Join our Rescue and Recovery Team
Learn about the Navajo horses and roundups
About the Navajo Roundups:
The actual number of horses residing on the Navajo reservation is uncertain,as there has been no census, and reports are considerably varied. Horses are labeled as “invasive species” by the livestock industry as a means to justify their removal from the rangelands. However, in other parts of the world such as the United Kingdom, where conservation grazing is practiced, wild horse herds are being successfully restored to the woodlands and pastures to restore the lands.
More than 2,000 horses and burros have been swept away from their Native homes as a result of the recent Navajo Nation roundups and they have been reportedly shipped for slaughter.
In a recent turn of events the widely contested Navajo roundups Navajo President Ben Shelly promised to suspend the roundups under pressure from his own people including the Nahooka’ Dine’ (Navajo Elders and Medicine People) and the Foundation to Protect New Mexico Wildlife, an organization founded by Gov. Richardson and actor, director and conservationist Robert Redford. The foundation is working to stop the slaughter of horses, including actively fighting efforts to reopen horse slaughterhouses in the United States.
“These sacred and majestic horses heal our hearts and they can heal the lands,” adds Katia Louise. “As Ambassadors for the horse nation, these 17 surviving foals through WFLF will be helping to educate and show the world that the re-introduction of horses to rangelands, in truth can rejuvenate the environment.”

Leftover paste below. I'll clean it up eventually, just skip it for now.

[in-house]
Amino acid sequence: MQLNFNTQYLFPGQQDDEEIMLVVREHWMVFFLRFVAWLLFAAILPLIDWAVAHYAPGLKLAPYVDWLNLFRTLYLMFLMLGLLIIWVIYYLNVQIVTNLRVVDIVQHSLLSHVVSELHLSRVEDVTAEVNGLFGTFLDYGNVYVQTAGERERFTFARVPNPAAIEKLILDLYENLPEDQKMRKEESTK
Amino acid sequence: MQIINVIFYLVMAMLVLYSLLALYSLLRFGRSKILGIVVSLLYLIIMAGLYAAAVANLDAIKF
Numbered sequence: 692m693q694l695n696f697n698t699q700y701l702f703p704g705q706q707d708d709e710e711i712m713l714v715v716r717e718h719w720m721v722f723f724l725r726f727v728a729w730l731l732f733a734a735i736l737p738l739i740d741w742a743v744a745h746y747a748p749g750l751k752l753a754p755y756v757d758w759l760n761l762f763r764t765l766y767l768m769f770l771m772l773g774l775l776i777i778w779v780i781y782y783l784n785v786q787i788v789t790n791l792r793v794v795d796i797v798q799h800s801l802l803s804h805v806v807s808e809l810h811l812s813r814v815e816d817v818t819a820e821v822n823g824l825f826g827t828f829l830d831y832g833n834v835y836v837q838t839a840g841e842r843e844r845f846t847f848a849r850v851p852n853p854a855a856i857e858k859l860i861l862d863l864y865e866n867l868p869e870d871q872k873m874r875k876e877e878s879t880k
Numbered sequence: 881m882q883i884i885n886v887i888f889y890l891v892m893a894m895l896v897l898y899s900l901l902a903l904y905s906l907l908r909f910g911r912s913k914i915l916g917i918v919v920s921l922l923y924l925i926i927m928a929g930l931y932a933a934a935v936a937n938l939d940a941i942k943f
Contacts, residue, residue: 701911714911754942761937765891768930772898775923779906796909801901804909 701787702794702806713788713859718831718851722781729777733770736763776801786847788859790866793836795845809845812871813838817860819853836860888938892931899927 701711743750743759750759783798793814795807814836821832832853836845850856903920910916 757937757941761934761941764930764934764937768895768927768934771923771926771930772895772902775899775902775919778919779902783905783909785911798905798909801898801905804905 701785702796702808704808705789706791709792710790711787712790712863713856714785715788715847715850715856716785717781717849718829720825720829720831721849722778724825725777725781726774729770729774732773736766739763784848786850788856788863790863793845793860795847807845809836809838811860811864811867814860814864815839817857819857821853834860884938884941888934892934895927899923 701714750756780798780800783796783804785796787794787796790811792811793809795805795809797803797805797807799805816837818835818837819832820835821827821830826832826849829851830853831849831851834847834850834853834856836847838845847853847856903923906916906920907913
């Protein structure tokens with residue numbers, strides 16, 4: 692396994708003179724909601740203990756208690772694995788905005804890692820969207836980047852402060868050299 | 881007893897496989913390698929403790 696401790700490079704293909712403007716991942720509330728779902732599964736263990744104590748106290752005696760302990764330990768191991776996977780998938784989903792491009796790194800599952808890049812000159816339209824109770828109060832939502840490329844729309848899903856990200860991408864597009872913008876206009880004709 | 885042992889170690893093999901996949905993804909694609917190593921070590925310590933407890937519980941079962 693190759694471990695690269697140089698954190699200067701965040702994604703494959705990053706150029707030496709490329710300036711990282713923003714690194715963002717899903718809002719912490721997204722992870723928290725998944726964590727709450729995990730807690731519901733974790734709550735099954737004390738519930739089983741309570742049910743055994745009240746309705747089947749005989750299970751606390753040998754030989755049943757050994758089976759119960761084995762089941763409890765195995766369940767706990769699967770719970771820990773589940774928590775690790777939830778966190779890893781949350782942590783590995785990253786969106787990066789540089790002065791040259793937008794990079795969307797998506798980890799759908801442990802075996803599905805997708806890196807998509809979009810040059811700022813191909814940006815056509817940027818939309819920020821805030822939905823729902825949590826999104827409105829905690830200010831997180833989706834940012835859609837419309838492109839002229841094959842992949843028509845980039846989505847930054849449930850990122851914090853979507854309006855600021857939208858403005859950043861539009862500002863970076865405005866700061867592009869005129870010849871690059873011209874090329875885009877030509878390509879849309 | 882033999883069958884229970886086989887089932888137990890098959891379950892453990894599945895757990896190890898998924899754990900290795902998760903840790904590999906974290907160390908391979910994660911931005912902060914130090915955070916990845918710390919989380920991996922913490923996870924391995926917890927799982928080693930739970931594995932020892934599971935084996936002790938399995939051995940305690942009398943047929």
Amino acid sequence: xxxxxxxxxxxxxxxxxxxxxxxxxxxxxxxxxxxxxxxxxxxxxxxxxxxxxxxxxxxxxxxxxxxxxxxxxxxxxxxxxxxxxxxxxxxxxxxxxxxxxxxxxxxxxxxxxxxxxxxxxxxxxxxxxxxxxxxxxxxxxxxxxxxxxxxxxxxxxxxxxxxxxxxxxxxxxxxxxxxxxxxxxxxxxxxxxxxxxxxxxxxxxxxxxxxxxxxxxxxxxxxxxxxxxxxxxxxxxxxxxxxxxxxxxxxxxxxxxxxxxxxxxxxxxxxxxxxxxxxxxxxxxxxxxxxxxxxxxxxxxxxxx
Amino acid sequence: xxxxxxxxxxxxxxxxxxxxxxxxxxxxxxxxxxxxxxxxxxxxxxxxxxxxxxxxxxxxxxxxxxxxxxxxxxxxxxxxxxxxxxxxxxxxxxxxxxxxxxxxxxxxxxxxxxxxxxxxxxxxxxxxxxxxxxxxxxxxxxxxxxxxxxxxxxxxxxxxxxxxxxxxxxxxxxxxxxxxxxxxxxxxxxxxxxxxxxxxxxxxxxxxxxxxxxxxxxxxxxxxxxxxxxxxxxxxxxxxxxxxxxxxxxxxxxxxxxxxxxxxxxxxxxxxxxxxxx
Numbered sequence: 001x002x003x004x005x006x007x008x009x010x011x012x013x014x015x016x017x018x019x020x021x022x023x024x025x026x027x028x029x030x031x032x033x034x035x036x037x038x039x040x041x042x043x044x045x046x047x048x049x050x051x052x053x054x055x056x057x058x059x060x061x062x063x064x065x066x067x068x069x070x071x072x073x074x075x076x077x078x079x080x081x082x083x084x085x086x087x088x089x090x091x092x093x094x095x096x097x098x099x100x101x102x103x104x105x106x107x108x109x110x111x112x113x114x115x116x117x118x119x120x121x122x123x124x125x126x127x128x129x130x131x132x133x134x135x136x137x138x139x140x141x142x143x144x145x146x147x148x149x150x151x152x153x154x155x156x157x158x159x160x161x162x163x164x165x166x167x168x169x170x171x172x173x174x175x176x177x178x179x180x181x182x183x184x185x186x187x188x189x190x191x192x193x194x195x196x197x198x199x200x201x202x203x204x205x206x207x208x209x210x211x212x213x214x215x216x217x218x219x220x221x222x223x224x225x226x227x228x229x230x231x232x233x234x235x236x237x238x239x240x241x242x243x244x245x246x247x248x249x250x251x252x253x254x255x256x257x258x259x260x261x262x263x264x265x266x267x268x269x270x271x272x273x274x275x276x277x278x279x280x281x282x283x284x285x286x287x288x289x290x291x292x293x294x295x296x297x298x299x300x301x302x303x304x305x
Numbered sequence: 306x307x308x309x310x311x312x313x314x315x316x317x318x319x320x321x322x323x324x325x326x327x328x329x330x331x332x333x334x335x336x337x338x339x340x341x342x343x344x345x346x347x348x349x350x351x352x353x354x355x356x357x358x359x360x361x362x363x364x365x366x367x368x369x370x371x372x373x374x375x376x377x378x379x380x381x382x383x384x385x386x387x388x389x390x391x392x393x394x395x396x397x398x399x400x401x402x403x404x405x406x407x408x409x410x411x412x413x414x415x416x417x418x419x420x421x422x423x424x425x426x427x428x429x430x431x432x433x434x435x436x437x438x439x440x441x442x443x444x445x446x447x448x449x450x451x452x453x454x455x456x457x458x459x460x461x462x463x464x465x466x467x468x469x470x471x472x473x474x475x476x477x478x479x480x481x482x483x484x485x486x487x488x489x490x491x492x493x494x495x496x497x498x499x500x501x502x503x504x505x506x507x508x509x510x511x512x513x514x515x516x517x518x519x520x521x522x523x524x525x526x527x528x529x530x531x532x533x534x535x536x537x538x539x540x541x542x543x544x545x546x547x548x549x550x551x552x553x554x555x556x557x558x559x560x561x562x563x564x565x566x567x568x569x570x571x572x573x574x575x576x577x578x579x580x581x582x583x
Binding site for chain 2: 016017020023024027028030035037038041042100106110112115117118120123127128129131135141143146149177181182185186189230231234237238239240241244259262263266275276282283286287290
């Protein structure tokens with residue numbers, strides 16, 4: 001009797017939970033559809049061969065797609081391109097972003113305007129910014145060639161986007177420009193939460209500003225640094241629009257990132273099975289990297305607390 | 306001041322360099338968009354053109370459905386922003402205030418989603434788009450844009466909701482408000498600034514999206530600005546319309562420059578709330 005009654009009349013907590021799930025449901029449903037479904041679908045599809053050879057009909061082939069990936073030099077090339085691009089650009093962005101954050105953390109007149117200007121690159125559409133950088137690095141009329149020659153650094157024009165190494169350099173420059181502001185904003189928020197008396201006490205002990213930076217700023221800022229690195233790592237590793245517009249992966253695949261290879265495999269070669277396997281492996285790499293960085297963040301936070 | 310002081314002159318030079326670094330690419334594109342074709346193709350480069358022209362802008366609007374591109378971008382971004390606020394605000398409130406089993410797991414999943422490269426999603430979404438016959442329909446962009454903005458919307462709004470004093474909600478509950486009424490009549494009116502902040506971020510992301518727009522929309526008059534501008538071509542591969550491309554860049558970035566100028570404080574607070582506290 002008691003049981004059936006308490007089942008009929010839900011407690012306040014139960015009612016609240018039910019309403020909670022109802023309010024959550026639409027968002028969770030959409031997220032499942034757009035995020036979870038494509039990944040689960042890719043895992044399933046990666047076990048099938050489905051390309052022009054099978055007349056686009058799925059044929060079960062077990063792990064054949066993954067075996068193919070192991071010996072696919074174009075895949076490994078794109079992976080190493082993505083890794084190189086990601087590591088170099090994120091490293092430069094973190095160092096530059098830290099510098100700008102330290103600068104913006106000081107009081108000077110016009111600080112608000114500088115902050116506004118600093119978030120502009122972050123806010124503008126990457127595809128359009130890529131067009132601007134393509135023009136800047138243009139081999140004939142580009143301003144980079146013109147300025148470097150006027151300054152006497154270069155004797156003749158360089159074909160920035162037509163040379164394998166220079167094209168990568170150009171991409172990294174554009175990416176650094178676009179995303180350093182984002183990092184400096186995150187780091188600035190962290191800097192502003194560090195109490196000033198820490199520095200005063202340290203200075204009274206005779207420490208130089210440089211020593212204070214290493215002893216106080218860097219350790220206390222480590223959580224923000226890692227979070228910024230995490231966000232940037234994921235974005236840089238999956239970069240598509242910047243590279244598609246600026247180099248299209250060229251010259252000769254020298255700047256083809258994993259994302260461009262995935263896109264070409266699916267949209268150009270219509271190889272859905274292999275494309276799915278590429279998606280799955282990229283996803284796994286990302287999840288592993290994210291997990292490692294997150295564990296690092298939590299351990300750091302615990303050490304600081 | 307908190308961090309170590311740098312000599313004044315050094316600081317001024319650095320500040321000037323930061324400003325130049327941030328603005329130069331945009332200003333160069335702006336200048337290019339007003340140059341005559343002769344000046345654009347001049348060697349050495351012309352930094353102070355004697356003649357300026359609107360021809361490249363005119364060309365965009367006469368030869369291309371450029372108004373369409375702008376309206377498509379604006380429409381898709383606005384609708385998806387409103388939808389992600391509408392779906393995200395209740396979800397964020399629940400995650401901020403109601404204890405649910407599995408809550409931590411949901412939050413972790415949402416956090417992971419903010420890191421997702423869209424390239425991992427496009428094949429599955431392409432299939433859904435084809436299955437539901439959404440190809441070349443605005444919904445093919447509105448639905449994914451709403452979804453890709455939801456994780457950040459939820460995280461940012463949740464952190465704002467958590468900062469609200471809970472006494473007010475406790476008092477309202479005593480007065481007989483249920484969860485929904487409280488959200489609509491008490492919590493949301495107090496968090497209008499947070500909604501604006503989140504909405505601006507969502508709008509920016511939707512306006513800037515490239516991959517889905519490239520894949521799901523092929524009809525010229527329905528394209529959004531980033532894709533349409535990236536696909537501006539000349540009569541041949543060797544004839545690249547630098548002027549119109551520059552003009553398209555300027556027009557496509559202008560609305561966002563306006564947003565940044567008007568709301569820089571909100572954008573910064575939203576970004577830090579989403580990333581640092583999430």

The Navajo Horse Rescue and Recovery Mission (NHRRM) is an onging effort to rescue and re-home these at risk foals and other horses and burros saved from the Navajo roundups and insure they will never be subject to roundup or slaughter again.
OFFICIAL WFLF NHRRM RESCUE/ SANCTUARY FACILITIES & PARTNERS
The above groups have been approved as Official WFLF Partnering Rescue and Sanctuary facilities. Partnership at this level is limited to qualified orgoanizations whose mission, ethics, values and adoption policies align with those of WFLF and its Saving America's Horses Initiative. WFLF utilizes best practices in screening partnering rescue and sanctuary organizations to insure that at risk equines rescued through the WFLF program will never be subject to roundup or slaughter again. Partnering organizations must also agree to oversight measures to insure that these equines will always be cared for humanely, will not be neglected, abandoned or abused, not be sold, or given away, or auctioned, nor utilized for breeding or racing, or rodeo activities, or for commercial exploitation.
OFFICIAL RESCUE TEAM MEMBERS
The above RESCUE TEAM MEMBERS are active members of the WFLF's Safe Haven Rescue and Recovery Team who are taking part in this mission by providing needed support behind the scenes and on the ground, including helping to raise needs funds, providing transport, on site rescue services, and networking for assistance where needed.